“This production is… a milestone for Tanghalang Pilipino because it is their first sung-through children’s musical. Layeta Bucoy, who I’m working with for the first time, wrote a libretto that was poetic enough so that even the parts that are supposed to be dialogs can be turned into songs. Meanwhile director Tuxqs Rutaquio embraced the sing-through challenge with eagle’s wings,” related Jed Balsamo, the play’s co-composer, co-arranger and musical director.

Balsamo is joined by Noel Cabangon as composer and arranger. TJ Ramos is the sound director while Gerald Mercado is the choreographer and John Batalla the lighting designer. Thirteen Artists awardee Leeroy New and emerging fashion designer James Reyes were tapped to design the costumes.
Trixie Esteban will play Susie while May Bayot will play her mother. Interior designer and prominent socialite Tessa Prieto-Valdes will debut on stage as the Shoe Fairy (Diwata) alternating with Hazel Maranan. They will be joined by the actors of the TP Actors Company, namely, Jonathan Tadioan (Tatay), Regina de Vera (Ate), Marco Viaña (Red), Remus Villanueva (Maong), Jovanni Cadag (Yellowy), Ralph Mateo (Bluey), Doray Dayao (Whitey), Raquel Pareño (Diwata understudy), JV Ibesate (Sandals), Antonette Go (Pinky), Lhorvie Nuevo (Sequins) and Aldo Vencilao (Bluey).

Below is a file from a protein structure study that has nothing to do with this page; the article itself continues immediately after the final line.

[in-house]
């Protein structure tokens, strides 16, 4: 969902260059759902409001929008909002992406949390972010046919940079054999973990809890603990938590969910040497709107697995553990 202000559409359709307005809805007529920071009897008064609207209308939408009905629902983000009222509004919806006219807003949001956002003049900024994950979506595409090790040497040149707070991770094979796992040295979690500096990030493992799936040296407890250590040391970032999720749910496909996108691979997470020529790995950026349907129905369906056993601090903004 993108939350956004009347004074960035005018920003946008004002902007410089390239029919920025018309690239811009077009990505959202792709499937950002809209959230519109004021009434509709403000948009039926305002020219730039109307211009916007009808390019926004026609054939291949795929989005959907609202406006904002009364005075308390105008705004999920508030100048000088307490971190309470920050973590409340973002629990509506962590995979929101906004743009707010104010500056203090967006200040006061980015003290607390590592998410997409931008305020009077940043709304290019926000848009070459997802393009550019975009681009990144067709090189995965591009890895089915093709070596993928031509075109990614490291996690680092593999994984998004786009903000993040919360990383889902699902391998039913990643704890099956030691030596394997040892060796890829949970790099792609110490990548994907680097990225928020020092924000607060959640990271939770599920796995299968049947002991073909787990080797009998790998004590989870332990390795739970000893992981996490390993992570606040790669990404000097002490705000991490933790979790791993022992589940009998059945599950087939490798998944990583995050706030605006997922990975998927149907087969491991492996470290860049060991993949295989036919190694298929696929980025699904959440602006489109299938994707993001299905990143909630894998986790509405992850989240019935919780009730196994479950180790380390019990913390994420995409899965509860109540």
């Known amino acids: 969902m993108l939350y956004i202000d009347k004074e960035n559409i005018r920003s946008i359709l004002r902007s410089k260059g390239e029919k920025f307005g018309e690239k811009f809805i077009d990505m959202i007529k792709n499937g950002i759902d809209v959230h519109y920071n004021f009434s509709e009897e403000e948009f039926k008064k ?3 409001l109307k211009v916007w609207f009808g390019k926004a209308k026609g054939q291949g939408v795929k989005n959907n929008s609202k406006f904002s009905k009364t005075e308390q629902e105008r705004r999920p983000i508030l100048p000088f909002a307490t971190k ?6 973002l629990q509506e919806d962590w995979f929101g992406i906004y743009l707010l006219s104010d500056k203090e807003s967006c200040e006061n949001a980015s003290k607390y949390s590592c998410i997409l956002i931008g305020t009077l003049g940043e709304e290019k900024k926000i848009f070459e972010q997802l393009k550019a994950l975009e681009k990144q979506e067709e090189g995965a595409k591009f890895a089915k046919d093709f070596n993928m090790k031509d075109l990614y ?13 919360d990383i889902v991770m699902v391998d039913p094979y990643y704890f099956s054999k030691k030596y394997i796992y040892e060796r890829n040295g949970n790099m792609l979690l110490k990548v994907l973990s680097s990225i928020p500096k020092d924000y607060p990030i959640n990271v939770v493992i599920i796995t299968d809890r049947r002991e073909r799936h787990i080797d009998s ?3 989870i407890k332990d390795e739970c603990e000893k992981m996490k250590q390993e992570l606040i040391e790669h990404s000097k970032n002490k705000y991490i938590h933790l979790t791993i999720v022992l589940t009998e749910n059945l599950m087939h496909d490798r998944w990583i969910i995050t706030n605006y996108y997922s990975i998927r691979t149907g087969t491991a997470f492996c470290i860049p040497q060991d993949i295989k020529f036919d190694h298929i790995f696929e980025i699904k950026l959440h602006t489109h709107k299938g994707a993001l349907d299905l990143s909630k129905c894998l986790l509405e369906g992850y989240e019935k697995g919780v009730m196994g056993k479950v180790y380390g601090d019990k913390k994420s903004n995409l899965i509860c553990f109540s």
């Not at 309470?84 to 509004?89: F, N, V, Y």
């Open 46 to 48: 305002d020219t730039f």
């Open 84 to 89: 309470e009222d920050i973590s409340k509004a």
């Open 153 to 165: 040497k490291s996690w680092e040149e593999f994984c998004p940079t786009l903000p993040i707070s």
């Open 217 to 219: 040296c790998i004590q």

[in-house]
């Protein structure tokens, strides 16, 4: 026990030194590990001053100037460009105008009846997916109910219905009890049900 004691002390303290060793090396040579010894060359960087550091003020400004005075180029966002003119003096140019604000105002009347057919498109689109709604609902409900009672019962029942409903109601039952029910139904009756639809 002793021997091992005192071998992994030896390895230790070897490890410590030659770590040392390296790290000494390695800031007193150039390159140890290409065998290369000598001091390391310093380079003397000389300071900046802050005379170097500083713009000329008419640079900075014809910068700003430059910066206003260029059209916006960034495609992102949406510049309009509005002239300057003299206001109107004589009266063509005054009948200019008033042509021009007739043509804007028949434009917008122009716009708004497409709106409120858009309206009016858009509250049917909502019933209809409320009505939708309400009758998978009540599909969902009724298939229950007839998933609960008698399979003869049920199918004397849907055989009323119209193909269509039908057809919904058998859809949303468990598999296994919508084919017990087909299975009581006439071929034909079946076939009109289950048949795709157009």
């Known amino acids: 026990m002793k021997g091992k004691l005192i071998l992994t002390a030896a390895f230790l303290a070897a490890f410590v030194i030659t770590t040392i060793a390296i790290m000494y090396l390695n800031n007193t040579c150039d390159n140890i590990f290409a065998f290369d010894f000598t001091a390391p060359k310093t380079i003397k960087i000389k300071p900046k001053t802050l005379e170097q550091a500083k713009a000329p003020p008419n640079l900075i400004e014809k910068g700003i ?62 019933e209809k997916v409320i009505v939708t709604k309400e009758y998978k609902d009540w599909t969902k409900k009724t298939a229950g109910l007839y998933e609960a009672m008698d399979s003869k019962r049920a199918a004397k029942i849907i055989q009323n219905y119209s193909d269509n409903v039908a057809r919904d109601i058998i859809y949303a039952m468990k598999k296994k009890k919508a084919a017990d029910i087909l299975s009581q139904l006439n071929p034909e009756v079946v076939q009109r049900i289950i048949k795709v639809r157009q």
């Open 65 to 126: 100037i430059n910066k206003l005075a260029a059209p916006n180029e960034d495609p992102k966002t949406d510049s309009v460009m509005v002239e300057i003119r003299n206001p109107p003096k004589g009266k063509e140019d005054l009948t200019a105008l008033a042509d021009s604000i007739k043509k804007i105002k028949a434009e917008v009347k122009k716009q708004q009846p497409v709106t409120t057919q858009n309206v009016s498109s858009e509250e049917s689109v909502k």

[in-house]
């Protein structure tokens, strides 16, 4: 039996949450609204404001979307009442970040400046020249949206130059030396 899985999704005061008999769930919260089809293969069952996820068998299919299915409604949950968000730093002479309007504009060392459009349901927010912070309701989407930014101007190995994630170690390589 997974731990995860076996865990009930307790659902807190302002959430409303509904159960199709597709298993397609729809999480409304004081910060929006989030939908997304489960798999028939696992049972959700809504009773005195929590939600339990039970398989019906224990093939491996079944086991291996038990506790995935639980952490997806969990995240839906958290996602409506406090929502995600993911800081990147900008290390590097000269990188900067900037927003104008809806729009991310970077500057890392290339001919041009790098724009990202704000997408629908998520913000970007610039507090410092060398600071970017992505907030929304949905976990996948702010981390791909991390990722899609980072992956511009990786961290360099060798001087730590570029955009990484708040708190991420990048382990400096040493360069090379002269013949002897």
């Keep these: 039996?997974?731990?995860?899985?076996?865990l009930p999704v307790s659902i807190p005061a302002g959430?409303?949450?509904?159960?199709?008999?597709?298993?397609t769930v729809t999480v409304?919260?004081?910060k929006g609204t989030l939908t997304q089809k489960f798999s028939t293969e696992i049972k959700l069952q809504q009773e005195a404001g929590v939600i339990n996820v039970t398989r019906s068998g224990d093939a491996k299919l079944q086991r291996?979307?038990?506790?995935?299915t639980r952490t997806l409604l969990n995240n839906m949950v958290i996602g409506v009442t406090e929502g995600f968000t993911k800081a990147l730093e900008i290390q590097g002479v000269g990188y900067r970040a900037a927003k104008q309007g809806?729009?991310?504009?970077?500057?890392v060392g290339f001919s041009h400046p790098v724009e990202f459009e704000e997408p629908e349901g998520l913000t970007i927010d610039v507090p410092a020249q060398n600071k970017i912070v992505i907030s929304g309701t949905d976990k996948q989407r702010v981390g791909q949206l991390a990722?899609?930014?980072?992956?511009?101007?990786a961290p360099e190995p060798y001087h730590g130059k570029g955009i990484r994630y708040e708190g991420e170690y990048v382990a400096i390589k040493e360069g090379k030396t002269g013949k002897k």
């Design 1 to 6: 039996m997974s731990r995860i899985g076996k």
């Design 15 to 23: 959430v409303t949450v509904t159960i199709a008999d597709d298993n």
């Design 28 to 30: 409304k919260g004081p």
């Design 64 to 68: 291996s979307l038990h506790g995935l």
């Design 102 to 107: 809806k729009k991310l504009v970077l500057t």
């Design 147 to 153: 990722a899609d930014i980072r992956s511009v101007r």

Sandosenang Sapatos will be staged at the Tanghalang Huseng Batute of CCP on July 13, 3 p.m. and 8 p.m., and July 14, 18, 19, 20 and 21, 10 a.m. and 3 p.m.
Handyong and Oryol in Ibalong
Because of popular demand, TP is bringing back last season’s acclaimed Ibalong, the epic of the Bicol Region, adapted by veteran playwright Rody Vera into an “ethno-rock” musical featuring the musical direction and composition of Carol Bello, and musical arrangement of Rizalino Reyes and Inkantada.